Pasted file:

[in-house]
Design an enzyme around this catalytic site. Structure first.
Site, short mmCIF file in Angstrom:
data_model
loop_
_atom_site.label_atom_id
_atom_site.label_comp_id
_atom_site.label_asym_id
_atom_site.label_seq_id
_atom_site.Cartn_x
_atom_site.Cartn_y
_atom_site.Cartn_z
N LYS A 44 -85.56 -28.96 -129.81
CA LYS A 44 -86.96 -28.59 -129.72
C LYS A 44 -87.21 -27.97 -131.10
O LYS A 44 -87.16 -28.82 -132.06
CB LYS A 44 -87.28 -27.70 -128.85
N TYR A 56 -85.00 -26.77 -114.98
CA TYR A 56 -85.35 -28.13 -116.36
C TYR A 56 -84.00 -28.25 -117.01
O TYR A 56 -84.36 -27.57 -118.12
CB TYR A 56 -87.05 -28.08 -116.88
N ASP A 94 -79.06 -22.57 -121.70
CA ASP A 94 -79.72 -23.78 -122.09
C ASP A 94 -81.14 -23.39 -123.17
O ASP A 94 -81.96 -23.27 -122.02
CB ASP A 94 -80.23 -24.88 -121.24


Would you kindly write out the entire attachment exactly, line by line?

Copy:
[in-house]
Design an enzyme around this catalytic site. Structure first.
Site, short mmCIF file in Angstrom:
data_model
loop_
_atom_site.label_atom_id
_atom_site.label_comp_id
_atom_site.label_asym_id
_atom_site.label_seq_id
_atom_site.Cartn_x
_atom_site.Cartn_y
_atom_site.Cartn_z
N LYS A 44 -85.56 -28.96 -129.81
CA LYS A 44 -86.96 -28.59 -129.72
C LYS A 44 -87.21 -27.97 -131.10
O LYS A 44 -87.16 -28.82 -132.06
CB LYS A 44 -87.28 -27.70 -128.85
N TYR A 56 -85.00 -26.77 -114.98
CA TYR A 56 -85.35 -28.13 -116.36
C TYR A 56 -84.00 -28.25 -117.01
O TYR A 56 -84.36 -27.57 -118.12
CB TYR A 56 -87.05 -28.08 -116.88
N ASP A 94 -79.06 -22.57 -121.70
CA ASP A 94 -79.72 -23.78 -122.09
C ASP A 94 -81.14 -23.39 -123.17
O ASP A 94 -81.96 -23.27 -122.02
CB ASP A 94 -80.23 -24.88 -121.24